This page cannot be viewed in frames

Go to page

If you have found a spelling error, please, notify us by selecting that text and pressing Ctrl+Enter.


This post is also available in: Polish (polski)

Ovid among the Scythians
Eugène Delacroix, Owidiusz wśród Scytów

At the far west, near islands (where, according to Homer, live personifications of dreams), close to gates, which follow to Underground, was supposed to live mythical folk – Cimmeroi (Homer, Odyssey, book XI,  lines 14-19). We do not know habits of the tribe nor other information about their lives, because they are only mentioned as “the folk of land, where rays of sunshine does not come”.

The plot of eleventh book of Odyssey concerns the meeting of the main hero with ghosts, e.g. of the ones who died in the battle of Troy, like Achilles, who was crying to the king of Ithaca because of tragic human’s fate after death. This fabulous description of visit at the border of the Ocean, where was supposed to be an entrance to Underground, made Cimmeroi interesting subject of consideretions for ancient writers.

Tibullus, well known Latin poet from 1st century BCE, in his trial to express in sublime way fantastic lands, has written about Cimmeroi as well. According to him they were supposed to live  near the Pluto’s country and to never see the Sun, which goes under the earth near their land (Tibullus, Elegies, book III, poem 7, lines 64-6). Moreover, Cimmeroi were linked by Tibbulus with death – when he wanted to describe dying of Lygdamus, who said just before his end, that he was going to see Cimmeroi’s land (Tibullus, Elegies, book III, poem 5, lines 23-6).

Latin authors, while wanting to join Greek literal tradition, were forced to use motives of well known authors such as Homer, that is why they were interested in Cimmeroi. Because of that, Ovid, in “Metamorphoses”, in his description of Somnus, god of sleep, he created his land in place belonging to Cimmeroi (Ovid, Metemorphoses, book XI, lines 605-9). He joined Somnus’ land to Cimmeroi’s country, because they were associated with darkness, which was the domain of the god of Night (who was Somnus’ mother).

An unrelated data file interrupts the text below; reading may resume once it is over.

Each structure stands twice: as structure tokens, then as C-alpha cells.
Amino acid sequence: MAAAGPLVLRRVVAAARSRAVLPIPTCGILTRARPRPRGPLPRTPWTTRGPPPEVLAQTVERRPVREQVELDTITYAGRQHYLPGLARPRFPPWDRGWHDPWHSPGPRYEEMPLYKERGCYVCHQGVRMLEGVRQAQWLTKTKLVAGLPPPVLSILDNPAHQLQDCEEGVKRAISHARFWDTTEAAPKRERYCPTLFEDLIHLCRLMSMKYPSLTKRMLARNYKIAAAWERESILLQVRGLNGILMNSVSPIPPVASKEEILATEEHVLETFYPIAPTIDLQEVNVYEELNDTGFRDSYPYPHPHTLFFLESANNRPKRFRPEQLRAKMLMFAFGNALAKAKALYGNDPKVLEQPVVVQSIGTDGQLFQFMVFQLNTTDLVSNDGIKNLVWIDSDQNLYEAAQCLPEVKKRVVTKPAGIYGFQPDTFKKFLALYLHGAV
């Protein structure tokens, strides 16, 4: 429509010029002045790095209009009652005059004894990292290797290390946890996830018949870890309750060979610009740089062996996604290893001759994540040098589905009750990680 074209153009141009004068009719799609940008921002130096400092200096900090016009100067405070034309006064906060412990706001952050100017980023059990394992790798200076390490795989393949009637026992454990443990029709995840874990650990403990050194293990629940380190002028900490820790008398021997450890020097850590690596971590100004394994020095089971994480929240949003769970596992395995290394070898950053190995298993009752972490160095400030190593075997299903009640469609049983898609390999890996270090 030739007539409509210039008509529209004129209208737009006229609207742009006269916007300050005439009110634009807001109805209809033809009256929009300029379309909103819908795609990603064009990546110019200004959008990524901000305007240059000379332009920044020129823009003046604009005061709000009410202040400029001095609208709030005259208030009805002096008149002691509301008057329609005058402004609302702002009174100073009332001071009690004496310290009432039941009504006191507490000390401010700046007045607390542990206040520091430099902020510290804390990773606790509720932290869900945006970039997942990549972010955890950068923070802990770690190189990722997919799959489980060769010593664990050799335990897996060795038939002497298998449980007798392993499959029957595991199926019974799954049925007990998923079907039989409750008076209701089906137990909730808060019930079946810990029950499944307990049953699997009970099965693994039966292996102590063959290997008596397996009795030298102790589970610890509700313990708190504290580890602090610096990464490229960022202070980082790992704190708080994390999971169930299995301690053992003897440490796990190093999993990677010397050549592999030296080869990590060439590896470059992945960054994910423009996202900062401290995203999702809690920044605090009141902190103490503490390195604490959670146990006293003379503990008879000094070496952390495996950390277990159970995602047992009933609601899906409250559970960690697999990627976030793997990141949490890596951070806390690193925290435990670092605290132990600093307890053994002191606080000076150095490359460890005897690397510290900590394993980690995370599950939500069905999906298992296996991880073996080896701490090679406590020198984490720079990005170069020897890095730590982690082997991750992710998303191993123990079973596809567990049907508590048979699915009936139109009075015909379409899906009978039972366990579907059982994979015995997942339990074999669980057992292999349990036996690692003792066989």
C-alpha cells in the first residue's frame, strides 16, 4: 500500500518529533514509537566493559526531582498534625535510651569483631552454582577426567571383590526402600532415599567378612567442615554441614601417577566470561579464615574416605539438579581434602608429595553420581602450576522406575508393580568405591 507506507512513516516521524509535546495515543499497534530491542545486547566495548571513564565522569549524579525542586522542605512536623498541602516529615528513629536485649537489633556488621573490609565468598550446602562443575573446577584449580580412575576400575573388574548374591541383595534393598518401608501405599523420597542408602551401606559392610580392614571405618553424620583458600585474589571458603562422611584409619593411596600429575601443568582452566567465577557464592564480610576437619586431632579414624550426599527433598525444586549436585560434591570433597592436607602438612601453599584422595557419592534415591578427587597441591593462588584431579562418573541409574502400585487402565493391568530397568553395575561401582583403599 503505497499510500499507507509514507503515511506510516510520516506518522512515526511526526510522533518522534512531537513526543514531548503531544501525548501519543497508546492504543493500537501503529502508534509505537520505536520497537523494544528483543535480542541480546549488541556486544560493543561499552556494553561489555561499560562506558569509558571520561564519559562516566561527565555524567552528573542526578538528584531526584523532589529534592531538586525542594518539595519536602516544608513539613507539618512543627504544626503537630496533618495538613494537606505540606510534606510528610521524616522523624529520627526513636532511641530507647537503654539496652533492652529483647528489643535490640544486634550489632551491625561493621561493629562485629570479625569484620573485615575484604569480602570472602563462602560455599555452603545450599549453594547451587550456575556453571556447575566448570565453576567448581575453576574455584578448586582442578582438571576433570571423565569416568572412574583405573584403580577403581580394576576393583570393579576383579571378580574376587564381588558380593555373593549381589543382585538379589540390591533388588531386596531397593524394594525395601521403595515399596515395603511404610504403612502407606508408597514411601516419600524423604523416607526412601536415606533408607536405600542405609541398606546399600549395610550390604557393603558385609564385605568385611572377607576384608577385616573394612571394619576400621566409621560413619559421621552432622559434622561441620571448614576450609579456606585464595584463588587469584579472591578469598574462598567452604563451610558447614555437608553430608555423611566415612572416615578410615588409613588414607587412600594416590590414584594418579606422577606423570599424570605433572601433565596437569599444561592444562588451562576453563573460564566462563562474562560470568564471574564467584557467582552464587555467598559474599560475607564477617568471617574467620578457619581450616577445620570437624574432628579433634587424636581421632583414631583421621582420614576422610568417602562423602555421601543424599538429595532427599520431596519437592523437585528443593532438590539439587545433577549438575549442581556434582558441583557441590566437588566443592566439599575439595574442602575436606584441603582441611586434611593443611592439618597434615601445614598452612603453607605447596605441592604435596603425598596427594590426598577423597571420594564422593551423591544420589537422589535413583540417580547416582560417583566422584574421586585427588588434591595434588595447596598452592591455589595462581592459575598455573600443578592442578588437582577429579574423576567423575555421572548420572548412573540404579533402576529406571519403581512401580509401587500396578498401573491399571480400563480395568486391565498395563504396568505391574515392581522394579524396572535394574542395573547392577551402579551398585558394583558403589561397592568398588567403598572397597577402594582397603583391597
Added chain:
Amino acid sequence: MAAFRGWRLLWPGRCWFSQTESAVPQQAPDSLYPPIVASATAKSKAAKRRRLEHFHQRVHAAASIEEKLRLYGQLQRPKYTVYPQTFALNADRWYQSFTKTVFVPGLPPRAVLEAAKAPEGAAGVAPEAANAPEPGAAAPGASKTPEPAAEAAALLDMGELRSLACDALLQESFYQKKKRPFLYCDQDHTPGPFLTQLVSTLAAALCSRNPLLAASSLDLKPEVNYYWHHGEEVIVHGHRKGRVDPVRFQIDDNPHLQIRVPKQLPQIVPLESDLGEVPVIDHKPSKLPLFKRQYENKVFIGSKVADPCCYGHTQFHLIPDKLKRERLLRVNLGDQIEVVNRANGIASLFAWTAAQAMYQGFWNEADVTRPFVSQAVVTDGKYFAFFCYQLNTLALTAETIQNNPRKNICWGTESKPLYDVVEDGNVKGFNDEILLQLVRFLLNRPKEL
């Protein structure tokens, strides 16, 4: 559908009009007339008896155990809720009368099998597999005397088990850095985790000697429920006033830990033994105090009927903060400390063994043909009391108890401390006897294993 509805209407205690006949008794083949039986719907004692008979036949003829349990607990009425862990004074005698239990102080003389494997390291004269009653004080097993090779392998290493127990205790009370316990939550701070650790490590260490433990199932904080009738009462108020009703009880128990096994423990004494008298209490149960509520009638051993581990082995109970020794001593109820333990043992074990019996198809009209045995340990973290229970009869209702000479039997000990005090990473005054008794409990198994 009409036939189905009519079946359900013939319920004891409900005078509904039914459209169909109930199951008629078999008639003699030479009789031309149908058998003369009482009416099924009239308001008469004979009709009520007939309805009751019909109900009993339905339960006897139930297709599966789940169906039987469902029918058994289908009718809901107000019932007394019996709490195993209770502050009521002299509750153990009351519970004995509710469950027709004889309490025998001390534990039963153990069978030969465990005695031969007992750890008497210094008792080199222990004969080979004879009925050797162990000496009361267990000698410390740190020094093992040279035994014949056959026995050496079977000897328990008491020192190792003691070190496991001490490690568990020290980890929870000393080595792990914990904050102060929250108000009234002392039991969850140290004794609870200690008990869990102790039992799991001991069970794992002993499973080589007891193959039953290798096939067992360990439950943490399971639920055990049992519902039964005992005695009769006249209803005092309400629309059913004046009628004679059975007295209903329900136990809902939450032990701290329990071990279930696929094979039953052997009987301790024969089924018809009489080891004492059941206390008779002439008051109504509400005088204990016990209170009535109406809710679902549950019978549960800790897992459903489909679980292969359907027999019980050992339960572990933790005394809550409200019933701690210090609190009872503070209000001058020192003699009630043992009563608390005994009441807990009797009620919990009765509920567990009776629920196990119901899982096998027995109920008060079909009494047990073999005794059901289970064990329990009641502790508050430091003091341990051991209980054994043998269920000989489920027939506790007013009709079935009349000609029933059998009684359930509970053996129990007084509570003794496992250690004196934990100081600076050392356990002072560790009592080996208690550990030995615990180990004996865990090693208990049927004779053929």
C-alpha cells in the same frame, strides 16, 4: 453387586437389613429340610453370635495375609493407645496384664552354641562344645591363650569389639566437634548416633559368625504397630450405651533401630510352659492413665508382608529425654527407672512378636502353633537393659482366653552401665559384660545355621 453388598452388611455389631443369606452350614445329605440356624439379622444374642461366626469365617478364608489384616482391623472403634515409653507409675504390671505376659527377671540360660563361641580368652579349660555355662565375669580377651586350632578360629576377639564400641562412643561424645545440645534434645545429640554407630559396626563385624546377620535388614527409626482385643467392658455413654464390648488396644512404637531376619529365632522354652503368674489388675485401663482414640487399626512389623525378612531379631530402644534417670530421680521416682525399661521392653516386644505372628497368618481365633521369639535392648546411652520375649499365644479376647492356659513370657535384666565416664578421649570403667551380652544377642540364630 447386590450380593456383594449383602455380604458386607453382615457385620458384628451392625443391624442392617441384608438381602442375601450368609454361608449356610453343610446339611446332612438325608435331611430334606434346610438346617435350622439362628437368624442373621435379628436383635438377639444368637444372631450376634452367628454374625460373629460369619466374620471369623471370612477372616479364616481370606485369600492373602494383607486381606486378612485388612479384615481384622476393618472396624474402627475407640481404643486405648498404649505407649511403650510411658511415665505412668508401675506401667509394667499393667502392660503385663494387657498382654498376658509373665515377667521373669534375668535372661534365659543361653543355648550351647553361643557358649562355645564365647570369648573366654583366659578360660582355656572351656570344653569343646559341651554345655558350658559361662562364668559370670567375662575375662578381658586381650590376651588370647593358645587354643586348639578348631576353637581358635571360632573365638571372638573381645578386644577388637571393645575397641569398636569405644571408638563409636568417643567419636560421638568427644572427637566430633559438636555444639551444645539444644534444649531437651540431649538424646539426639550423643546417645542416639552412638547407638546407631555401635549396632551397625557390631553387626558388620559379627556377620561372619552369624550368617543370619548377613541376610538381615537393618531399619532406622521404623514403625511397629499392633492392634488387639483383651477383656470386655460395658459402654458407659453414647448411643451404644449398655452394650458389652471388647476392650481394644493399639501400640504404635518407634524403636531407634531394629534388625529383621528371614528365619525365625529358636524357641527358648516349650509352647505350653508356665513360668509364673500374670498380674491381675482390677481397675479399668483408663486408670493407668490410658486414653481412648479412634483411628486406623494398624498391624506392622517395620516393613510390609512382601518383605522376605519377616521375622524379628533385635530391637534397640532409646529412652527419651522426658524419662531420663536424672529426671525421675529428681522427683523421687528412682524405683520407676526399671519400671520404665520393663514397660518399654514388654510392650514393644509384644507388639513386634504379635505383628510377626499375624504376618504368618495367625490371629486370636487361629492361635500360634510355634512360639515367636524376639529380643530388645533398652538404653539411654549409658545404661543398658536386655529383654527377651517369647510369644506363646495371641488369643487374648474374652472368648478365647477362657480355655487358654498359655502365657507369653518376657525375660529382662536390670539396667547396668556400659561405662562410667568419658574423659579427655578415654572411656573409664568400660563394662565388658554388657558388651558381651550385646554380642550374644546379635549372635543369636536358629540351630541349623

Several decades after Ovid’s activity, Valerius Flaccus, Latin poet living during Vespasian’s reign, wrote Latin version of Argonauts expedition, where he has added terrifying description of Cimmeroi’s lands. Nearby Styx, in the land of silent, in complete darkness, there is a country of fear, where souls live – this is home of Cimmeroi (Valerius Flaccus, Argonauts, book III, lines 398-9). Similarly, a bit later poet (Statius), who lived in Domitian’s time, has described the tribe as living in a sad country without sun’s rays (Statius, Silvae, book III, poem 2, line 92).

Thanks to Homer, Cimmeroi for centuries have become for latin authors frequent element of so called locuc horridus (literary theme, which contained description of horrible place, full of dangerous things). What has led Homer to mention Cimmeroi living in the nearby of Underground, what helped them to become a popular mythical tribe for Romans? The word “west” in ancient greek language is ζόφος  – it marks both the side of the world, where Cimmeroi lived, and the adjective meaning “dark”1. Homer etymiologically linked the far west world with darkness and with the tribe, which can be translated as “those who live in darkness”2. At the east of Homer’s world lived Ethiops, who were supposed to live in a place full of sunshine and wealth, and who were often visited by the Olympic gods (Homer, Odyssey, book X, lines 81-6). The Cimmeroi’s country was made in opposition to the land of richness and happiness, what helped later poets to imagine, how is it at the end of the world, where there are no rays of sunshine.

Author: Radosław Domazet
  1. R. Beekes, Etymiological Dictionary of Greek, Leiden 2010, s. 502.
  2. A commentary on Homer’s Odyssey, Vol. II, books IX-XVI, eds. A. Heubeck, A. Hoekstra, Oxford 1990, s. 79.
  • Homer, Iliada, tł. K. Jeżewska, Wrocław 1972.
  • Homer, Odyseja, tł. J. Wittlin, London 1957.
  • Owidiusz, Metamorfozy, tł. A. Kamieńska, S. Stabryła, Wrocław 1996.
  • Stacjusz, Sylwy, tł. S. Śnieżewski, Kraków 2010.
  • Tibullus, Elegies, tr. and ed. F. W. Cornish, J. P. Postgate, J. W. Mackail, London 1988.
  • Waleriusz Flakkus, Argonautyki: ksiąg osiem, tł. S. Śnieżewski, Kraków 2004.
  • R. Beekes, Etymiological Dictionary of Greek, Leiden 2010.
  • A commentary on Homer’s Odyssey, Vol. II, books IX-XVI, eds. A. Heubeck, A. Hoekstra, Oxford 1990

IMPERIUM ROMANUM needs your support!

If you like the content that I collect on the website and that I share on social media channels I will be grateful for the support. Even the smallest amounts will allow me to pay for further corrections, improvements on the site and pay the server.



Find out more!

Check your curiosity and learn something new about the ancient world of the Romans. By clicking on the link below, you will be redirected to a random entry.

Random curiosity

Random curiosity

Discover secrets of ancient Rome!

If you want to be up to date with newest articles on website and discoveries from the world of ancient Rome, subscribe to the newsletter, which is sent each Saturday.

Subscribe to newsletter!

Subscribe to newsletter

Spelling error report

The following text will be sent to our editors: